The Great Oil Crash of 2020 Has Arrived
- Author: Darren Santiago Mar 10, 2020,
Mar 10, 2020, 0:29
The move has been widely reported as an overt bid to wrest market share away from Moscow after talks between Russian Federation and the Organization of the Petroleum Exporting Countries (OPEC) failed to agree on production cuts amid a coronavirus-driven collapse in oil demand. About a third of USA exploration and production companies need WTI prices of US$55 a barrel to break even, and with prices at their current levels - WTI was trading at about US$33.50 at 11 a.m.
Last week the Organization for Economic Cooperation and Development (OECD) said a severe outbreak of the coronavirus could see global growth down by 0.5 to 1.5 per cent. "With the oil-producing regions of our economy already stressed, this shock can only deepen", he added.
"China may slowly be returning to work, but manufacturers will now likely be facing an global fall in demand, with coronavirus now well-established outside of Chinese shores", added Mr Halley.
There were similar drops across Europe's other major indices, with the FTSE MiB in Italy - the epicentre of the continent's coronavirus outbreak - bearing the brunt of losses to close down 11.2pc.
The Fed, which made an emergency cut in interest rates last week, moved early Monday to increase short-term funding to support the US lending market. Russian Federation may have seen no point in cutting production only to lose market share as US shale producers in Texas and New Mexico take up the slack.
Chinese factories that make the world's smartphones, toys, and other consumer goods are gradually reopening but aren't expected to return to normal production until at least April.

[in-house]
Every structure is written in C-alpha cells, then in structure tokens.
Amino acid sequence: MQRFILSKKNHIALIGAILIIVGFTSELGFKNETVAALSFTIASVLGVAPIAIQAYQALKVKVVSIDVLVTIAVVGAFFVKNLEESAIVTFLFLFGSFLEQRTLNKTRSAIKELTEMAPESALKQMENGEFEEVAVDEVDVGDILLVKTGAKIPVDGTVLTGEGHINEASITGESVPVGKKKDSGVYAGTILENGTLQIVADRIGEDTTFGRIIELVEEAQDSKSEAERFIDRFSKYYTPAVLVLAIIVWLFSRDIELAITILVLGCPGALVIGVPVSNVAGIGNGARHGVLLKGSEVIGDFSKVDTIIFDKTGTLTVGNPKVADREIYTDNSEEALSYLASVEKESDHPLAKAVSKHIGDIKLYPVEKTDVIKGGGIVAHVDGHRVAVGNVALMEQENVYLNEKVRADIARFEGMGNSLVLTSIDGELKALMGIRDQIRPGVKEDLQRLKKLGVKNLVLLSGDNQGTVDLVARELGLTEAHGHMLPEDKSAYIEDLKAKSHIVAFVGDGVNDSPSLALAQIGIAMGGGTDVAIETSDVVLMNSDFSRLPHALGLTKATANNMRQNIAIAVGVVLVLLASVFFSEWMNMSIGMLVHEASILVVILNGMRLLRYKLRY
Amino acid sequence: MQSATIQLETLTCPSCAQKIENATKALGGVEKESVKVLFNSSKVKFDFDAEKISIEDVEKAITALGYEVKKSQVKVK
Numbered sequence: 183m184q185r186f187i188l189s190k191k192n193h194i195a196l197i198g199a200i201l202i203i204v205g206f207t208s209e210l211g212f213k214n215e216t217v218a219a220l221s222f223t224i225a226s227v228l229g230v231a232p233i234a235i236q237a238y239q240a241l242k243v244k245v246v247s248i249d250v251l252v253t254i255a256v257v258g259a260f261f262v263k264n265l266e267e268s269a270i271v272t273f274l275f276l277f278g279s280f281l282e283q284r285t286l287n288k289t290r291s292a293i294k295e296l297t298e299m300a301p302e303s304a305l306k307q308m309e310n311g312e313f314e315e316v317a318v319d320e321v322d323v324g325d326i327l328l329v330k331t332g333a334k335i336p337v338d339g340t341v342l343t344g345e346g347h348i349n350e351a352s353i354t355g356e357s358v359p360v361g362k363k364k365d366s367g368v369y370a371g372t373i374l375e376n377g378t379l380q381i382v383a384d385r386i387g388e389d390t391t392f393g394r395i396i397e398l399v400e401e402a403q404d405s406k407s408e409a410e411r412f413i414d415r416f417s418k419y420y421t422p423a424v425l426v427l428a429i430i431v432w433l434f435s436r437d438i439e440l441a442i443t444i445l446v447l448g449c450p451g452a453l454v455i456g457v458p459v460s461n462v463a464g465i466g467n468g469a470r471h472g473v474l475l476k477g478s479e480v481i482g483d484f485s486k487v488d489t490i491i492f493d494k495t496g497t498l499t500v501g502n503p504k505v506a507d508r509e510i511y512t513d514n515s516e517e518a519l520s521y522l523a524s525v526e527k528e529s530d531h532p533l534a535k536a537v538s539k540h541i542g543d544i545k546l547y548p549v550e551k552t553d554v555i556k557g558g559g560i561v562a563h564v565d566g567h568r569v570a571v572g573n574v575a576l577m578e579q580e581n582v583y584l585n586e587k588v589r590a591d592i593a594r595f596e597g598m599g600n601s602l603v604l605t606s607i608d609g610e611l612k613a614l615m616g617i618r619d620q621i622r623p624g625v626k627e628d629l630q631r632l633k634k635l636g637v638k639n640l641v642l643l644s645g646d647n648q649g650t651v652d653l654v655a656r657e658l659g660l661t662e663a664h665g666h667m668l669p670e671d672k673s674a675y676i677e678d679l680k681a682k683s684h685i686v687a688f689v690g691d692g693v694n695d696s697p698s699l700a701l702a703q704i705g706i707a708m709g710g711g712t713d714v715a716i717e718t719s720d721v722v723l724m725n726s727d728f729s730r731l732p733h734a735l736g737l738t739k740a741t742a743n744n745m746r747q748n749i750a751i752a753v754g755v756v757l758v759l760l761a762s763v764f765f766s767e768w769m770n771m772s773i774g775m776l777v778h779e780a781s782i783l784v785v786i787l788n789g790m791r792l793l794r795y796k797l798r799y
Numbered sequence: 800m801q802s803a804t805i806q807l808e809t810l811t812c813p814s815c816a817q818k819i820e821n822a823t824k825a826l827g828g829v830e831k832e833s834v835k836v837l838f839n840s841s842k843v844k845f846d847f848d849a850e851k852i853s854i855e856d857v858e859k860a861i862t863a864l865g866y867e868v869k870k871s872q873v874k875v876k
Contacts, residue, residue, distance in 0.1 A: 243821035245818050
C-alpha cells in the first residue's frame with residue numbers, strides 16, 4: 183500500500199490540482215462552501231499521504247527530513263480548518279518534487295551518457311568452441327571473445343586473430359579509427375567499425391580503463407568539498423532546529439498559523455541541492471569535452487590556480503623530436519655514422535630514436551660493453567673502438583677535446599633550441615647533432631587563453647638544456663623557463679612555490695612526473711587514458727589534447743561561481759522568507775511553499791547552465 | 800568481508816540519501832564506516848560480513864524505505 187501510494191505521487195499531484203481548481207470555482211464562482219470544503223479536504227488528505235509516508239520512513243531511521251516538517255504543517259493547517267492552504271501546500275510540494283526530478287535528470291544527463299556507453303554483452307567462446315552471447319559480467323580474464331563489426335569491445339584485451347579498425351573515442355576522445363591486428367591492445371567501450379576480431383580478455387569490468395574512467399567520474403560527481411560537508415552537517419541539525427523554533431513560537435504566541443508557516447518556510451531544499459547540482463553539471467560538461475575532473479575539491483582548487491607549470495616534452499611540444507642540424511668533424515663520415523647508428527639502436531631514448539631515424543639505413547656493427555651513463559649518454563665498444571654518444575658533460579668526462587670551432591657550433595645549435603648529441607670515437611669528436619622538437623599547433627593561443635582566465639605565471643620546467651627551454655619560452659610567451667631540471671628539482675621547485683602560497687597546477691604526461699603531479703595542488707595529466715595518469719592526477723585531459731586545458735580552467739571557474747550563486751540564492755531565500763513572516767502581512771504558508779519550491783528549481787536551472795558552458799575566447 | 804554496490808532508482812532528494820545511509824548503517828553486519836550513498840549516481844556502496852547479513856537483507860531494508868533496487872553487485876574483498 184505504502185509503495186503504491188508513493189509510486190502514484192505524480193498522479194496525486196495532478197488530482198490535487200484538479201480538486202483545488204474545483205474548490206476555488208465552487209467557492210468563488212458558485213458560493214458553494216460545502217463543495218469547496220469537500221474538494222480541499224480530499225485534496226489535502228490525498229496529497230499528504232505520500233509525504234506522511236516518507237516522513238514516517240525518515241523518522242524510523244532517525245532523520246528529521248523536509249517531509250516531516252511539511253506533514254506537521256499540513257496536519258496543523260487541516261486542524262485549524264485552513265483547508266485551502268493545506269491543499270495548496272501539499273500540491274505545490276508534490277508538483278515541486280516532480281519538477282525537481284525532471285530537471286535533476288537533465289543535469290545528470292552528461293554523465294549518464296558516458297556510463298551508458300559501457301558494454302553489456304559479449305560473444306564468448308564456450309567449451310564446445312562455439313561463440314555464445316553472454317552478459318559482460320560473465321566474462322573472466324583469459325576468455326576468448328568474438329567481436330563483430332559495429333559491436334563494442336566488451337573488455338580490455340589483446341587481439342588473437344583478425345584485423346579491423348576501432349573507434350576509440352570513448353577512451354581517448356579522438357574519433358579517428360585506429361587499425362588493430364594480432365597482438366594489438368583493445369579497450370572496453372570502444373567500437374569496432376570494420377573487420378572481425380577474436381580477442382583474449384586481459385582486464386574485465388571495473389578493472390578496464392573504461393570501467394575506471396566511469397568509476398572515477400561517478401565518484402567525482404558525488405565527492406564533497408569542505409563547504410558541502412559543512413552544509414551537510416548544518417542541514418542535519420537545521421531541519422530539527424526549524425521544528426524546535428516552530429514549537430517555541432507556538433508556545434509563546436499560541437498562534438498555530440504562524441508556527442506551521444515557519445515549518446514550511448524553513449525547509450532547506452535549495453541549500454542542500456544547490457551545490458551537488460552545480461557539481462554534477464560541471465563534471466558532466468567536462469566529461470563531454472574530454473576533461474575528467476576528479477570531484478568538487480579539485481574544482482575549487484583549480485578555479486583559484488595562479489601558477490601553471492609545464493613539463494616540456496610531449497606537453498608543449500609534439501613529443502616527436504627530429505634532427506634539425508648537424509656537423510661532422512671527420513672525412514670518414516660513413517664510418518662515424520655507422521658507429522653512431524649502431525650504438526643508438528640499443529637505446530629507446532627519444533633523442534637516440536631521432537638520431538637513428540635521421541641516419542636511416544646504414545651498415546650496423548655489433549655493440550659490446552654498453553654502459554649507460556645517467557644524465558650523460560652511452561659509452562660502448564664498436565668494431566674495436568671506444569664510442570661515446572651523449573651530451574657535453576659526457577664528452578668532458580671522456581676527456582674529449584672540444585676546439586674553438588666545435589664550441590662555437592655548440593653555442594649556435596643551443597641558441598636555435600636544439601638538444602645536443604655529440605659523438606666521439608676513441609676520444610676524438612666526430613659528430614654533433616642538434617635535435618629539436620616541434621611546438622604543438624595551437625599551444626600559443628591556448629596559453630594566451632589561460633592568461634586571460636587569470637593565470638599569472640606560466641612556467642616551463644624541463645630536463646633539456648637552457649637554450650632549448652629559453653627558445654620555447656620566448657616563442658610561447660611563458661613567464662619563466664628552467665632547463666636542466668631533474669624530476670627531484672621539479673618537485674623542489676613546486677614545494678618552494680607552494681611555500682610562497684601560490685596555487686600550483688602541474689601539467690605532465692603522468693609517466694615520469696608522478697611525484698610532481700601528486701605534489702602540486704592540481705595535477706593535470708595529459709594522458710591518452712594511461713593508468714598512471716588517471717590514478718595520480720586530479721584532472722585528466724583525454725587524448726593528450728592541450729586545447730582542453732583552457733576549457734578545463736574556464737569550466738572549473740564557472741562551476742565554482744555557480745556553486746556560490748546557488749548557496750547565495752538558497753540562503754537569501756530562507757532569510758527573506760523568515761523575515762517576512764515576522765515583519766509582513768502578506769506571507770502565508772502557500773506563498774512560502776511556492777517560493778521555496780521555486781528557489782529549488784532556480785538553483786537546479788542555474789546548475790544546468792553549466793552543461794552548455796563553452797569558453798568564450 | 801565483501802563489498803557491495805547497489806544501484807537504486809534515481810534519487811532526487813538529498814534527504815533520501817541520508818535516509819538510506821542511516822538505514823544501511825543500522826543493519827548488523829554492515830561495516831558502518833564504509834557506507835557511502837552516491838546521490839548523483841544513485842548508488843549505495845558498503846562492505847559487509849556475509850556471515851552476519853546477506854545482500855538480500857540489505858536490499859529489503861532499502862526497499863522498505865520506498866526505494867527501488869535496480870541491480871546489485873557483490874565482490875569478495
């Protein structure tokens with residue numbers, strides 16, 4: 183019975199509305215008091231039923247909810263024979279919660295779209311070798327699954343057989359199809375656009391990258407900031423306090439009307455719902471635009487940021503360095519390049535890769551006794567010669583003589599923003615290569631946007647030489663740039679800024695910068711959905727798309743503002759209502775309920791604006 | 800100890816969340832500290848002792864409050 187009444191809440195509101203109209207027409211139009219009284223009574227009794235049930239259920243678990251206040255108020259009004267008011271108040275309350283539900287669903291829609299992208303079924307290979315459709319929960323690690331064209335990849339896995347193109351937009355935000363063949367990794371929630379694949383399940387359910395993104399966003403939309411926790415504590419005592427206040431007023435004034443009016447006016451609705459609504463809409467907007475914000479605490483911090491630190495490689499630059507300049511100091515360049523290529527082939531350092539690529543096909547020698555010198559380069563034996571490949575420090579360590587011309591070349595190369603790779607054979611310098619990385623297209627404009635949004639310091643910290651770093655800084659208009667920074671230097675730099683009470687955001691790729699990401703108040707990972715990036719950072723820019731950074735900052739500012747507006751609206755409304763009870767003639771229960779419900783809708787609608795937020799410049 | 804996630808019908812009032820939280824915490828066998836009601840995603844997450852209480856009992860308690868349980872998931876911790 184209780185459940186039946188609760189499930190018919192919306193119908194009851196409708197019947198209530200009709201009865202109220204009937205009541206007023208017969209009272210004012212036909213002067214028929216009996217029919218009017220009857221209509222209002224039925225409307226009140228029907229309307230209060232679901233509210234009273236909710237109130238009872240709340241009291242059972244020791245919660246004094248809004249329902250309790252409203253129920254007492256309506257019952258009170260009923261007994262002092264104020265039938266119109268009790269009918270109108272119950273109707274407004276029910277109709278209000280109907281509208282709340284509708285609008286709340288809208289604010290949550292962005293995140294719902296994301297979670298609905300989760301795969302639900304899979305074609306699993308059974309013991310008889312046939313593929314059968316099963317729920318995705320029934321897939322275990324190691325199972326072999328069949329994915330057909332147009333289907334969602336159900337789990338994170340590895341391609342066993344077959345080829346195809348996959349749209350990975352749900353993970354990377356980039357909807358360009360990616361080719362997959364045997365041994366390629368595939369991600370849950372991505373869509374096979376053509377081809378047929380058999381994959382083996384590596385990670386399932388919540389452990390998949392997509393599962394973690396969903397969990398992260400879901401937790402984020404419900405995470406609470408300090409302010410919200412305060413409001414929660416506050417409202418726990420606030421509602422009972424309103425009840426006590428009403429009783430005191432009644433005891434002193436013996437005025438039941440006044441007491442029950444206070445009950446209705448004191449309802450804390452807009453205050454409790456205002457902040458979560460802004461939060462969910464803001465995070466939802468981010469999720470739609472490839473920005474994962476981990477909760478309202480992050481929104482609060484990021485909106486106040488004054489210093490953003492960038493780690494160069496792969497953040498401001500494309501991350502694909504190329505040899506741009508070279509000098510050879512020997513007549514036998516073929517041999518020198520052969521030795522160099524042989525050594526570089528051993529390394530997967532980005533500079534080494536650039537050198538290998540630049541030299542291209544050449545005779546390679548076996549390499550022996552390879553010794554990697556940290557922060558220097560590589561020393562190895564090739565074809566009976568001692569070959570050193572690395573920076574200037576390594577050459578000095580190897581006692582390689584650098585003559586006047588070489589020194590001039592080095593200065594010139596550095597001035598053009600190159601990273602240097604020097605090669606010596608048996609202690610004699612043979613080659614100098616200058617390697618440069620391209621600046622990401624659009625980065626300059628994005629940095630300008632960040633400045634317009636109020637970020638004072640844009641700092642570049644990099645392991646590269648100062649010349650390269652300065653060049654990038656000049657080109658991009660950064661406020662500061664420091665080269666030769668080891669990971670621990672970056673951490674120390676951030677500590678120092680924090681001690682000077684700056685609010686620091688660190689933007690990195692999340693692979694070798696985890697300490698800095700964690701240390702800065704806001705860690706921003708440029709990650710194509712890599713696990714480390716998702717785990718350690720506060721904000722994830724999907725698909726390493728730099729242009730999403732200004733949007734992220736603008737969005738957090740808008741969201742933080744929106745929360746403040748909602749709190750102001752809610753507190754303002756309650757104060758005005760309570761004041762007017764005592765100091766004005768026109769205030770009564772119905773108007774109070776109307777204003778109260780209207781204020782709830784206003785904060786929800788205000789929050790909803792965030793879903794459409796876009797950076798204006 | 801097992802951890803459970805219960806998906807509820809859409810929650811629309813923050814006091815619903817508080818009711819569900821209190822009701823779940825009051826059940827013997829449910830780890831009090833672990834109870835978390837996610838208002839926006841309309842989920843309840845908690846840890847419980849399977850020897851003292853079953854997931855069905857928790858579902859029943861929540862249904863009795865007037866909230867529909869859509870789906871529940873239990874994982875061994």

Apple Inc. says slowdowns in manufacturing iPhones in China will hurt its sales totals.
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"Many people criticised us, they said this is a kind of treasure chest, that the finance ministry is sitting on gold", Finance Minister Anton Siluanov said last week about the reserves.
The cost to the United Kingdom government to borrow over a two-year period briefly turned negative for the first time - meaning investors are forced to pay to own these bonds.
Already last week, global stocks were sinking as the spread of the virus prompted governments to follow China's lead by imposing travel controls and canceling public events. "Markets hate uncertainty and there is a ton of it now in play", said Greg McBride, CFA, chief financial analyst at Bankrate.com. "As the uncertainty persists, the market frenzy will continue, perhaps for weeks, perhaps for months". The yields on two and five-year gilts both entered negative territory shortly after the open, meaning investors were temporarily paying a fee to lend money to the Government.
Before today's price cut he said Wellington prices were 10 cents a litre lower than they were a week ago. The 30-year yield fell below 1% for the first time ever. But moves in stocks and bond yields were almost as breathtaking. Russian Federation turned the proposal down, causing the collapse of the alliance and the start of a price war over market share.
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"Global recession risks have risen", Moody's Investors Service said in a report.
This story was reported by The Associated Press.